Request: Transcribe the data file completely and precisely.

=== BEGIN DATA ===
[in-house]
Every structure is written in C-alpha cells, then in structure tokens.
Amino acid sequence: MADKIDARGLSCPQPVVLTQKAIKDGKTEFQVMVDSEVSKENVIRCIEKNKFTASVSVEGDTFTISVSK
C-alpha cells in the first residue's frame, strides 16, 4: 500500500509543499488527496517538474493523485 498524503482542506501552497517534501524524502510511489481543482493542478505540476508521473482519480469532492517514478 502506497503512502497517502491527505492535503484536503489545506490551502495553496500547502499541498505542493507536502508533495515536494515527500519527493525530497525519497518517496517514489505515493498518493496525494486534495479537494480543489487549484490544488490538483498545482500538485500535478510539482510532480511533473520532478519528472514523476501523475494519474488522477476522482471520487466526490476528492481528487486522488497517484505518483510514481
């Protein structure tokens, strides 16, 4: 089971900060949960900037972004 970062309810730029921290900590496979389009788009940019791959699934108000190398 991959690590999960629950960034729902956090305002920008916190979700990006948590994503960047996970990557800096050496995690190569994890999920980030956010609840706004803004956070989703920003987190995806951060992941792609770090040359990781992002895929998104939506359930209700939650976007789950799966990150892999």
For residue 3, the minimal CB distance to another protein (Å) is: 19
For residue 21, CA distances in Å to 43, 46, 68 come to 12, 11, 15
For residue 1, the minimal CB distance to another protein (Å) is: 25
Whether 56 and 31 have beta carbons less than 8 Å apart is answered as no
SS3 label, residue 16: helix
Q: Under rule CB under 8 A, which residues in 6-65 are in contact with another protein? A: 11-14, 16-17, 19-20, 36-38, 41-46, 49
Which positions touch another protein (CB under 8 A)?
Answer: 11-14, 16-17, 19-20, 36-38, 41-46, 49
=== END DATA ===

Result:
[in-house]
Every structure is written in C-alpha cells, then in structure tokens.
Amino acid sequence: MADKIDARGLSCPQPVVLTQKAIKDGKTEFQVMVDSEVSKENVIRCIEKNKFTASVSVEGDTFTISVSK
C-alpha cells in the first residue's frame, strides 16, 4: 500500500509543499488527496517538474493523485 498524503482542506501552497517534501524524502510511489481543482493542478505540476508521473482519480469532492517514478 502506497503512502497517502491527505492535503484536503489545506490551502495553496500547502499541498505542493507536502508533495515536494515527500519527493525530497525519497518517496517514489505515493498518493496525494486534495479537494480543489487549484490544488490538483498545482500538485500535478510539482510532480511533473520532478519528472514523476501523475494519474488522477476522482471520487466526490476528492481528487486522488497517484505518483510514481
């Protein structure tokens, strides 16, 4: 089971900060949960900037972004 970062309810730029921290900590496979389009788009940019791959699934108000190398 991959690590999960629950960034729902956090305002920008916190979700990006948590994503960047996970990557800096050496995690190569994890999920980030956010609840706004803004956070989703920003987190995806951060992941792609770090040359990781992002895929998104939506359930209700939650976007789950799966990150892999």
For residue 3, the minimal CB distance to another protein (Å) is: 19
For residue 21, CA distances in Å to 43, 46, 68 come to 12, 11, 15
For residue 1, the minimal CB distance to another protein (Å) is: 25
Whether 56 and 31 have beta carbons less than 8 Å apart is answered as no
SS3 label, residue 16: helix
Q: Under rule CB under 8 A, which residues in 6-65 are in contact with another protein? A: 11-14, 16-17, 19-20, 36-38, 41-46, 49
Which positions touch another protein (CB under 8 A)?
Answer: 11-14, 16-17, 19-20, 36-38, 41-46, 49